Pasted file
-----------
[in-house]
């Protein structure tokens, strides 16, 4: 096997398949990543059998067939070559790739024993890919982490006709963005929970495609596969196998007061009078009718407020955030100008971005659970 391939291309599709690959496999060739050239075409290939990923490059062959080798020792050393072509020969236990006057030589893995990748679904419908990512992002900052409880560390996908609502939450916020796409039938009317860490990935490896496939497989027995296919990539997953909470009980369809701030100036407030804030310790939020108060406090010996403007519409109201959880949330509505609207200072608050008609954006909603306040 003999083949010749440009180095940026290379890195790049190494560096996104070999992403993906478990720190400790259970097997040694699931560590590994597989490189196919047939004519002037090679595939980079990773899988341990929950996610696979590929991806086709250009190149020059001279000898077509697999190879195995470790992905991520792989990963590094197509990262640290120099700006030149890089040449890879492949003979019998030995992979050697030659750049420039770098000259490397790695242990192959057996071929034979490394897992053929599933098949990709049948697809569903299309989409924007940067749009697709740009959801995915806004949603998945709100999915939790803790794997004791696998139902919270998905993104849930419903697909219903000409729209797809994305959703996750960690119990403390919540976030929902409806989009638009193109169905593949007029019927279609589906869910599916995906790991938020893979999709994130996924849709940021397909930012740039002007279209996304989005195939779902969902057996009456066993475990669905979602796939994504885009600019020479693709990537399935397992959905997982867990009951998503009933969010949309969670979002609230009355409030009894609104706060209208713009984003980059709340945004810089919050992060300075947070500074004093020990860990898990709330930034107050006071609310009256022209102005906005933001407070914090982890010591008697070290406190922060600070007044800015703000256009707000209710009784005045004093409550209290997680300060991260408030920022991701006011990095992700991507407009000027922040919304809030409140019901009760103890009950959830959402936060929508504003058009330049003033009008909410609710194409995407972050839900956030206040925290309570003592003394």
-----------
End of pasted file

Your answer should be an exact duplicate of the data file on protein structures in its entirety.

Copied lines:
[in-house]
């Protein structure tokens, strides 16, 4: 096997398949990543059998067939070559790739024993890919982490006709963005929970495609596969196998007061009078009718407020955030100008971005659970 391939291309599709690959496999060739050239075409290939990923490059062959080798020792050393072509020969236990006057030589893995990748679904419908990512992002900052409880560390996908609502939450916020796409039938009317860490990935490896496939497989027995296919990539997953909470009980369809701030100036407030804030310790939020108060406090010996403007519409109201959880949330509505609207200072608050008609954006909603306040 003999083949010749440009180095940026290379890195790049190494560096996104070999992403993906478990720190400790259970097997040694699931560590590994597989490189196919047939004519002037090679595939980079990773899988341990929950996610696979590929991806086709250009190149020059001279000898077509697999190879195995470790992905991520792989990963590094197509990262640290120099700006030149890089040449890879492949003979019998030995992979050697030659750049420039770098000259490397790695242990192959057996071929034979490394897992053929599933098949990709049948697809569903299309989409924007940067749009697709740009959801995915806004949603998945709100999915939790803790794997004791696998139902919270998905993104849930419903697909219903000409729209797809994305959703996750960690119990403390919540976030929902409806989009638009193109169905593949007029019927279609589906869910599916995906790991938020893979999709994130996924849709940021397909930012740039002007279209996304989005195939779902969902057996009456066993475990669905979602796939994504885009600019020479693709990537399935397992959905997982867990009951998503009933969010949309969670979002609230009355409030009894609104706060209208713009984003980059709340945004810089919050992060300075947070500074004093020990860990898990709330930034107050006071609310009256022209102005906005933001407070914090982890010591008697070290406190922060600070007044800015703000256009707000209710009784005045004093409550209290997680300060991260408030920022991701006011990095992700991507407009000027922040919304809030409140019901009760103890009950959830959402936060929508504003058009330049003033009008909410609710194409995407972050839900956030206040925290309570003592003394």